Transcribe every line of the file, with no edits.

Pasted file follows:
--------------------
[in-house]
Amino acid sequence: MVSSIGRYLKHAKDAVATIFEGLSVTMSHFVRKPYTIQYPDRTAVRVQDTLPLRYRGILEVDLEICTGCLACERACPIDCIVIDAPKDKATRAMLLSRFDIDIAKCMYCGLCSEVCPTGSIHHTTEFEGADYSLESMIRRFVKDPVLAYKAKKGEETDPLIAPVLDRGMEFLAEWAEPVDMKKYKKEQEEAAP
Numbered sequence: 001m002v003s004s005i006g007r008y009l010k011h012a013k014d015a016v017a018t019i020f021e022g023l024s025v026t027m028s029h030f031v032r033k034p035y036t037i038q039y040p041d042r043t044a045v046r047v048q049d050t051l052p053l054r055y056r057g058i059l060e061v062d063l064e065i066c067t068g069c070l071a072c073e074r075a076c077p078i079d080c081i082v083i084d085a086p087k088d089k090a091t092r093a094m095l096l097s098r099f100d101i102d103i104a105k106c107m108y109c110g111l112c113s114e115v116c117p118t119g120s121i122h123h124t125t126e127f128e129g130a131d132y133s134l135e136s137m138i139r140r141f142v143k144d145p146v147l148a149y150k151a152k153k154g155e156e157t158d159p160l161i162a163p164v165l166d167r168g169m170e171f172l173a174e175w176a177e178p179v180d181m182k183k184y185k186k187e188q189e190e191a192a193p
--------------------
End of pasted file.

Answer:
[in-house]
Amino acid sequence: MVSSIGRYLKHAKDAVATIFEGLSVTMSHFVRKPYTIQYPDRTAVRVQDTLPLRYRGILEVDLEICTGCLACERACPIDCIVIDAPKDKATRAMLLSRFDIDIAKCMYCGLCSEVCPTGSIHHTTEFEGADYSLESMIRRFVKDPVLAYKAKKGEETDPLIAPVLDRGMEFLAEWAEPVDMKKYKKEQEEAAP
Numbered sequence: 001m002v003s004s005i006g007r008y009l010k011h012a013k014d015a016v017a018t019i020f021e022g023l024s025v026t027m028s029h030f031v032r033k034p035y036t037i038q039y040p041d042r043t044a045v046r047v048q049d050t051l052p053l054r055y056r057g058i059l060e061v062d063l064e065i066c067t068g069c070l071a072c073e074r075a076c077p078i079d080c081i082v083i084d085a086p087k088d089k090a091t092r093a094m095l096l097s098r099f100d101i102d103i104a105k106c107m108y109c110g111l112c113s114e115v116c117p118t119g120s121i122h123h124t125t126e127f128e129g130a131d132y133s134l135e136s137m138i139r140r141f142v143k144d145p146v147l148a149y150k151a152k153k154g155e156e157t158d159p160l161i162a163p164v165l166d167r168g169m170e171f172l173a174e175w176a177e178p179v180d181m182k183k184y185k186k187e188q189e190e191a192a193p